Does stress damage the brain?

  title={Does stress damage the brain?},
  author={James Douglas Bremner},
  journal={Biological Psychiatry},
  • J. Bremner
  • Published 1 April 1999
  • Psychology, Biology
  • Biological Psychiatry

Figures from this paper

Are the neural substrates of memory the final common pathway in posttraumatic stress disorder (PTSD)?
Brain-Imaging Studies of Posttraumatic Stress Disorder
The literature on structural, functional, and neurochemical brain-imaging studies of PTSD is reviewed to suggest neuromodulatory systems (eg, γ-aminobutyric acid, μ-opioid) may underlie these aberrant brain activation patterns.
Structural Brain Changes in PTSD
Research is moving toward the recognition of different biomarkers that would indicate the presence of clinically significant symptoms and a predisposition or increased risk of developing post‐traumatic stress disorder, which can be made by increasing the number of studies, number of partici‐ pants, and number of different methodologies.
Traumatic Stress, Brain Changes, and Memory Deficits: A Critical Note
It is concluded that most studies on changes in hippocampal volume and memory performance in posttraumatic stress disorder suffer from methodological weaknesses and therefore do no allow for firm conclusions about the causal linkage among traumatic stress, hippocampal functioning, and memory.
Glucocorticoids, depression, and mood disorders: structural remodeling in the brain.
  • B. McEwen
  • Psychology, Biology
    Metabolism: clinical and experimental
  • 2005
Hippocampal volume reduction in major depression.
These findings are consistent with smaller left hippocampal volume in depression, and were significant after brain size, alcohol exposure, age, and education were controlled for.
Grey Matter Changes in the Brain Following Stress and Trauma
The pathophysiology of post-traumatic stress disorder (PTSD) is characterized by a heightened sensitivity to certain stimuli perceived to be threatening, followed by inability to extinguish the resulting fear, which constitutes an essential step in informing the detection and treatment of the disorder.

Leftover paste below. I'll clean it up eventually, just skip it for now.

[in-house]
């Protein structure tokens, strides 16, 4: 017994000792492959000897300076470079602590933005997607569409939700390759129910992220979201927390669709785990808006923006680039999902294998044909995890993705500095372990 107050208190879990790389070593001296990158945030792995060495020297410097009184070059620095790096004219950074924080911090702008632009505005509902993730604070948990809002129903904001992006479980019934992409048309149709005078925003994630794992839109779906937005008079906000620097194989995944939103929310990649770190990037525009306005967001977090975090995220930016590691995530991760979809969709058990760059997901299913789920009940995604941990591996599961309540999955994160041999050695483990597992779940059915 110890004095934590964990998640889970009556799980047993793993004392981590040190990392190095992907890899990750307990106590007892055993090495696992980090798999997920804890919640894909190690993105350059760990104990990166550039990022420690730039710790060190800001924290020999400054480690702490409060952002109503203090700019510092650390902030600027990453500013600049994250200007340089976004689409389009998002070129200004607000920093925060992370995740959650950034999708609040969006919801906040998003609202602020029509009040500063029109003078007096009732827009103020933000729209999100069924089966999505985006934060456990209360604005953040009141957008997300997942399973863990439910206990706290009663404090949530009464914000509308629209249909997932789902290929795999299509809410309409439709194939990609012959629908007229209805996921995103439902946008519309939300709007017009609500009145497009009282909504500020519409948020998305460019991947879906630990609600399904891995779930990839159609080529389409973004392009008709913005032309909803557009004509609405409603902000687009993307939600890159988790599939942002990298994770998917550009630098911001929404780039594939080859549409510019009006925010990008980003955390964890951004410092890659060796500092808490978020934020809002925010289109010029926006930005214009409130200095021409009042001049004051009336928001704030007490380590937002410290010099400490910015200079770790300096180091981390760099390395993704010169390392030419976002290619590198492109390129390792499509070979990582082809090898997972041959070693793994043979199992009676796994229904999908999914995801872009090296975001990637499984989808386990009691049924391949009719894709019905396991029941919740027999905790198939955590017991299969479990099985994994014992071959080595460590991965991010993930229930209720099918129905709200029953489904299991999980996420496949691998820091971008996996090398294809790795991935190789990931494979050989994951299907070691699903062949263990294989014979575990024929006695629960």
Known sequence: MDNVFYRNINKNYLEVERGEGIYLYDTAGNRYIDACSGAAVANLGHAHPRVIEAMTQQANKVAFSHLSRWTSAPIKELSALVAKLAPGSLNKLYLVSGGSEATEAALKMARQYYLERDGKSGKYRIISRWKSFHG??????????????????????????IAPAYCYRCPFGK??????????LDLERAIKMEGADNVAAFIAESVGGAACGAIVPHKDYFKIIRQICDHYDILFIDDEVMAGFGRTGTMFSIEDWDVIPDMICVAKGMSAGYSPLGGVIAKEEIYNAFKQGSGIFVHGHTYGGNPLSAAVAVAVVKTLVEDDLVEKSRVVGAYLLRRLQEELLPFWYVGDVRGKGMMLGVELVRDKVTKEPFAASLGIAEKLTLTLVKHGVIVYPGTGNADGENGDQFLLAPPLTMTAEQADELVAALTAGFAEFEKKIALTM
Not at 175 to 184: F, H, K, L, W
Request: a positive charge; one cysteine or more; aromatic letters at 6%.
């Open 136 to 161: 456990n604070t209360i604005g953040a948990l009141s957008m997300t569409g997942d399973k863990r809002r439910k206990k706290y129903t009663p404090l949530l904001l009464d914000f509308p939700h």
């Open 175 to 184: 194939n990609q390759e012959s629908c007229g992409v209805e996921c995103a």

Brain Integrity and Cerebral Atrophy in Vietnam Combat Veterans with and without Posttraumatic Stress Disorder
Estimates of brain integrity were determined by estimating gray and white matter regional brain volumes using structural magnetic resonance imaging in six patients with PTSD and in five controls with comparable trauma exposure but without clinical evidence of PTSD.
Neuropsychological processes in post-traumatic stress disorder.


MRI-based measurement of hippocampal volume in patients with combat-related posttraumatic stress disorder.
A smaller right hippocampal volume in PTSD that is associated with functional deficits in verbal memory is consistent with high levels of cortisol associated with stress.
Prevention of stress-induced morphological and cognitive consequences
Learning and memory in combat veterans with posttraumatic stress disorder.
OBJECTIVE The authors investigated a broad range of memory functions for stimuli unrelated to trauma to determine whether symptoms such as intrusive memories might reflect an underlying cognitive
Brain activation in PTSD in response to trauma-related stimuli
Attention and memory dysfunction in posttraumatic stress disorder.
Results suggest that intrusion of traumatic memories in PTSD may not be limited to trauma-related cognitions but instead reflects a more general pattern of disinhibition.
Magnetic resonance imaging volumes of the hippocampus and the amygdala in women with borderline personality disorder and early traumatization.
In female patients with BPD, the authors found reduction of the volumes of the hippocampus (and perhaps of the amygdala), but the association of volume reduction and traumatic experiences remains unclear.
Hippocampal damage associated with prolonged and fatal stress in primates
Sustained exposure to glucocorticoids (GCs), adrenal hormones secreted during stress, can cause neural degeneration in the rat. This is particularly so in the hippocampus, a principal neural target